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Featured The main plotline of the whole Bible

Discussion in 'Baptist Theology & Bible Study' started by Arthur King, Jul 31, 2023.

  1. Arthur King

    Arthur King Active Member

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    God’s promise to Abraham (formerly Abram) is the reversal of Adam’s curse, and sets up the narrative drive for the whole Biblical storyline.

    Genesis 12:1-3

    Now the Lord said to Abram,
    “Go forth from your country,
    And from your relatives
    And from your father’s house,
    To the land which I will show you;
    And I will make you a great nation,
    And I will bless you,
    And make your name great;
    And so you shall be a blessing;
    And I will bless those who bless you,
    And the one who curses you I will curse.
    And in you all the families of the earth will be blessed.”


    Prominent theologian N.T. Wright (I know, everyone has their disagreements with NT Wright, blah blah blah) explains that God’s promise to Abraham is seen throughout the Biblical narrative as the reversal of Adam’s curse:

    Abraham emerges within the structure of Genesis as the answer to the plight of all humankind. The line of disaster and of the curse, from Adam, through Cain, through the Flood to Babel, begins to be reversed when God calls Abraham and says ‘in you shall all the families of the earth be blessed,’ This point about the structure of the book of Genesis is reinforced by a consideration of the many passages in which the commands issued to Adam in Genesis 1 reappear in a different setting. Thus, for instance, we find the following sequence:

    1:28: And God blessed them, and God said to them,

    “Be fruitful and multiply, and fill the earth and subdue it; and have dominion over the fish of the sea and over the birds of the air and over every living thing that moves upon the earth.”

    12:2: “I will make of you a great nation, and I will bless you, and make your name great, so that you will be a blessing. I will bless those who bless you…

    17:2,6,8: I will make my covenant between me and you, and will multiply you exceedingly…I will make you exceedingly fruitful…and I will give you, and to your seed after you, all the land of Canaan…

    22:16: Because you have done this…I will indeed bless you, and I will multiply your descendants as the stars of heaven and as the sand which is on the seashore…and by you shall all the nations of the earth bless themselves, because you have obeyed my voice.

    Thus, at major turning-points in the story—Abraham’s call, his circumcision, the offering of Isaac, the transition from Abraham to Isaac and from Isaac to Jacob, and in the sojourn in Egypt—the narrative quietly insists that Abraham and his progeny inherit the role of Adam and Eve. There are, interestingly, two differences which emerge in the shape of this role. The command (‘be fruitful…’) has turned into a promise (‘I will make you fruitful…), and possession of the land of Canaan, together with supremacy over enemies, has taken the place of Adam’s dominion over nature.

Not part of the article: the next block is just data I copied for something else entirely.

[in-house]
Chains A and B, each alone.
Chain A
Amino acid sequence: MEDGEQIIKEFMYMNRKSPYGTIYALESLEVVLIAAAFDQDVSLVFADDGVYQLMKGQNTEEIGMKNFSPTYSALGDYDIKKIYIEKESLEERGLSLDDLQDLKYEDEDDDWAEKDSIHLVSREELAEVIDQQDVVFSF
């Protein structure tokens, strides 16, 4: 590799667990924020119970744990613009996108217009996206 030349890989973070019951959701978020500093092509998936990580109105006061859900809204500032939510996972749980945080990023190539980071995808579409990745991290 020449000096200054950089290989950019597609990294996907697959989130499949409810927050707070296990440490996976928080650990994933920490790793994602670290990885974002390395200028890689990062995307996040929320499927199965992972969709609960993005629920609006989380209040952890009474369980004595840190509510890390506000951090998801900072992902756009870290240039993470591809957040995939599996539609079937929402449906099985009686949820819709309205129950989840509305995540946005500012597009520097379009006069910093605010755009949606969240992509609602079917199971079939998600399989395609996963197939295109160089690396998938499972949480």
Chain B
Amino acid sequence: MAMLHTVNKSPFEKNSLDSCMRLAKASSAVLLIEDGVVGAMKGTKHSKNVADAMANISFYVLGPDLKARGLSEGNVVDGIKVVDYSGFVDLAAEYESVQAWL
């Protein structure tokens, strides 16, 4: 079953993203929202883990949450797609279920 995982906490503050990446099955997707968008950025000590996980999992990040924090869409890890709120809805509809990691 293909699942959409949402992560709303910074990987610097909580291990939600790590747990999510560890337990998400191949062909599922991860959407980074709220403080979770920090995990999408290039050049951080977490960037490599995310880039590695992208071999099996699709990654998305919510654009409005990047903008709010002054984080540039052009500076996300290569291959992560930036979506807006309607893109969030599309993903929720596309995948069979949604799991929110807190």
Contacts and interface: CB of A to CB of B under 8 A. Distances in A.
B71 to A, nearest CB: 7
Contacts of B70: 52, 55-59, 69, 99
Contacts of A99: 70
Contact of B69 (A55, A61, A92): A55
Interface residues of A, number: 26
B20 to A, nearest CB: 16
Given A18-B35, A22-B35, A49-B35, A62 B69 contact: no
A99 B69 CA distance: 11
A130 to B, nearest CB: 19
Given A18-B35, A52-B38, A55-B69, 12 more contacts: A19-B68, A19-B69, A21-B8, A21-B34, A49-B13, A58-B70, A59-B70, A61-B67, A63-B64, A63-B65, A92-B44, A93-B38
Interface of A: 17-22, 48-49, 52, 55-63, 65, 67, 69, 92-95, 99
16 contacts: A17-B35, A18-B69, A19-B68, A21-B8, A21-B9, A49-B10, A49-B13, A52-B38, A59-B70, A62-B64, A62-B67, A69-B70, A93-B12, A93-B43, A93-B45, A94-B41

God’s promise to Abraham is the reversal of Adam’s curse. It is the promise that God will provide the means of restoring what sin had destroyed. When put together with God’s promise to Adam and Eve regarding their offspring, it means that the offspring of Abraham who will bring blessing to all nations will also crush the head of the serpent and restore humanity’s stewardship over creation. Galatians 3 calls Genesis 12 "the gospel." It is a gospel of restoration.

    It is this promise to Abraham that sets up the main question in the plotline of the Bible, which is “How is God going to bless all nations through Abraham’s offspring, i.e. Israel?” To not be aware of this (as I was not for many years) is to not understand the basic plotline of the Bible. It is like reading The Lord of the Rings without knowing that the mission is to throw the One Ring into the fires of Mount Doom. Without this knowledge, the narrative just becomes a bunch of semi-random events strung together. And sadly, that is the way the Bible reads to many (maybe most) people, Christian and non-Christian. But Israel was to be God’s agent of salvation for the world. They were to be a kingdom of priests, a light to all nations. They were to be the mediators of the world, reconciling all people on earth to God. As God says to Israel in Exodus 19:6:

    ‘You yourselves have seen what I did to the Egyptians,
    and how I bore you on eagles’ wings, and brought you to Myself.
    Now then, if you will indeed obey My voice and keep My covenant,
    then you shall be My own possession among all the peoples, for all the earth is Mine;